Reblog - Posted 1 week ago
Reblog - Posted 1 week ago with 1 note
This has been one of the more disturbing aspects the the tensions between Protesters and Police in Ferguson. It was a huge aspect in the first few days after the killing of Michael Brown, but then the State Highway Patrol was brought in, led by Captain Ron Johnson, a community member of Ferguson and someone who has actually marched with protesters in the daytime, and has been allied with local community leaders like clergy and elected officials. But there was only was one day of relative peace with him in command, where looting and other property damage did occur and was not addressed by law enforcement. Then the next day and then on, police started to engage protesters who they deemed to be out of control, and thus they shoot their tear gas and rubber bullets, another point of escalation in the conflict. And further in response to the chaos on the main street in Ferguson, law enforcement, particularly the same department that was originally in control, started to once again raise their weapons and point them at the whole group of protesters. So that was a turning point back towards the original militarized stance they took towards protesters. That was the past couple nights, but tonight seems to be different once again. Reporters on the ground have said that every night has had a different vibe. And tonight, there have not been any clashes or any particular protesters acting up, throwing stuff. Just large protest groups moving along down the sidewalks and chanting “Who are we?… Mike Brown” or “Hands up….don’t shoot.” One chant has been noticeably absent “No justice, no peace.” However, whenever police form lines and gear up near protesters, they seem to reach a heightened sense of tension. It’s situations like that that can become stand offs, provoking protesters to act out, disobey police instruction, and clash in the form of bottles thrown, and in more extreme cases Molotov cocktails. One thing is for sure, the situation is always tense and complex. At this point protesters and police alike are thoroughly annoyed with the media presence. Which I think is unfair, because that is an attitude of this situation being in its own little bubble of conflict only relevant to them. But the overpolicing of black community, and their over incarceration, and the brutalities against them are a nation wide issue that the press should cover. 

This has been one of the more disturbing aspects the the tensions between Protesters and Police in Ferguson. It was a huge aspect in the first few days after the killing of Michael Brown, but then the State Highway Patrol was brought in, led by Captain Ron Johnson, a community member of Ferguson and someone who has actually marched with protesters in the daytime, and has been allied with local community leaders like clergy and elected officials. But there was only was one day of relative peace with him in command, where looting and other property damage did occur and was not addressed by law enforcement. Then the next day and then on, police started to engage protesters who they deemed to be out of control, and thus they shoot their tear gas and rubber bullets, another point of escalation in the conflict. And further in response to the chaos on the main street in Ferguson, law enforcement, particularly the same department that was originally in control, started to once again raise their weapons and point them at the whole group of protesters. So that was a turning point back towards the original militarized stance they took towards protesters. That was the past couple nights, but tonight seems to be different once again. Reporters on the ground have said that every night has had a different vibe. And tonight, there have not been any clashes or any particular protesters acting up, throwing stuff. Just large protest groups moving along down the sidewalks and chanting “Who are we?… Mike Brown” or “Hands up….don’t shoot.” One chant has been noticeably absent “No justice, no peace.” However, whenever police form lines and gear up near protesters, they seem to reach a heightened sense of tension. It’s situations like that that can become stand offs, provoking protesters to act out, disobey police instruction, and clash in the form of bottles thrown, and in more extreme cases Molotov cocktails. One thing is for sure, the situation is always tense and complex. At this point protesters and police alike are thoroughly annoyed with the media presence. Which I think is unfair, because that is an attitude of this situation being in its own little bubble of conflict only relevant to them. But the overpolicing of black community, and their over incarceration, and the brutalities against them are a nation wide issue that the press should cover.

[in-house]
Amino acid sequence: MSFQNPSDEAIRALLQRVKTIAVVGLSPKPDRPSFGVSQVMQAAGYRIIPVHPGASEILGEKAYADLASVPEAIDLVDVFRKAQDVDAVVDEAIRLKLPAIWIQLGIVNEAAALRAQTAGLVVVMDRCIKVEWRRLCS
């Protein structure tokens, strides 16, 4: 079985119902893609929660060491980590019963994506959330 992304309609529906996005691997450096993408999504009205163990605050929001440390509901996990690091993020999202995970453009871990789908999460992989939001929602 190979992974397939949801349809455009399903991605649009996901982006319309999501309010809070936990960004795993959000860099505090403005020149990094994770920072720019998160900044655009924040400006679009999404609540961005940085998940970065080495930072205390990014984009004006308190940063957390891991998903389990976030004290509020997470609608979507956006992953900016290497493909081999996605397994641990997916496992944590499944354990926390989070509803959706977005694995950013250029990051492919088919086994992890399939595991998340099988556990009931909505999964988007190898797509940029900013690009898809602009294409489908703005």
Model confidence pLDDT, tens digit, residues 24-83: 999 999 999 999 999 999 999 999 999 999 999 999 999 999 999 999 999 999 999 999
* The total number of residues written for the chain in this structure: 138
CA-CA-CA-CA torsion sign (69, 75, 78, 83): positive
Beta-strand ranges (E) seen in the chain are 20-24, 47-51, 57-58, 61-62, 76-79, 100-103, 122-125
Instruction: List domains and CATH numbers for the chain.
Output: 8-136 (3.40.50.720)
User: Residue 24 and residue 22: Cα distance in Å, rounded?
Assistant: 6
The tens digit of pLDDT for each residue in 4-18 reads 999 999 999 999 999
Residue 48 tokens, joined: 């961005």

Reblog - Posted 1 week ago
Hows that for Police Militarization, makes for one radical looking newspaper front page. 

Hows that for Police Militarization, makes for one radical looking newspaper front page. 

Reblog - Posted 1 week ago
Reblog - Posted 1 week ago
Suggestion: Ferguson protesters should form a conga line in the Approved Protest Area. Moving, contained, and optically terrible to teargas."
— @DLind on Twitter 
Reblog - Posted 2 weeks ago
So much has just exploded over the past week, in the eyes of the country as if it were out of nowhere. But for a lot of us it wasn’t, and that’s what has made it particularly piercingly awful. I don’t even know anymore. Except I kind of do, I knew everything I had to say and think to myself throughout this whole ordeal. However, this whole summer of my national consciousness has been a process of learning about my true self, and in that learning how to consciously dissolve some of my own implicitly racist tendencies. Some who may read that may gasp at the idea of myself admitting to “implicit” racism. But the fact that I can attest to mine, and checkpoint the places where I’ve found it, and have changed it, already tells me that you are more implicitly racist than me. But it has all been just so overwhelmingly disheartening, to the point of utter hopelessness, this place’s implicit and explicit problems. Which people have spoken about but have not been heard, which people have then had to yell about to just be crushed. I’d like to end my thoughts of no thoughts to tell you about this pain some of us feel for all of us, but that wouldn’t be fitting for the deeply and profoundly saddening truth of endless injustice despair that is…. THE UNITED STATES OF AMERICA.
Reblog - Posted 2 weeks ago
Reblog - Posted 3 weeks ago

Off the cuff shooting out of All Along the Watchtower while in a completely strange and strung out state of mind. Definitely not the best I can do, definitely not the best I’ve ever played this song, but definitely the most passionately and with the purest energy from the visceral depths of my mind and soul. The closing with the progression of A minor chord variations is something I came up with earlier in the day.

Reblog - Posted 3 weeks ago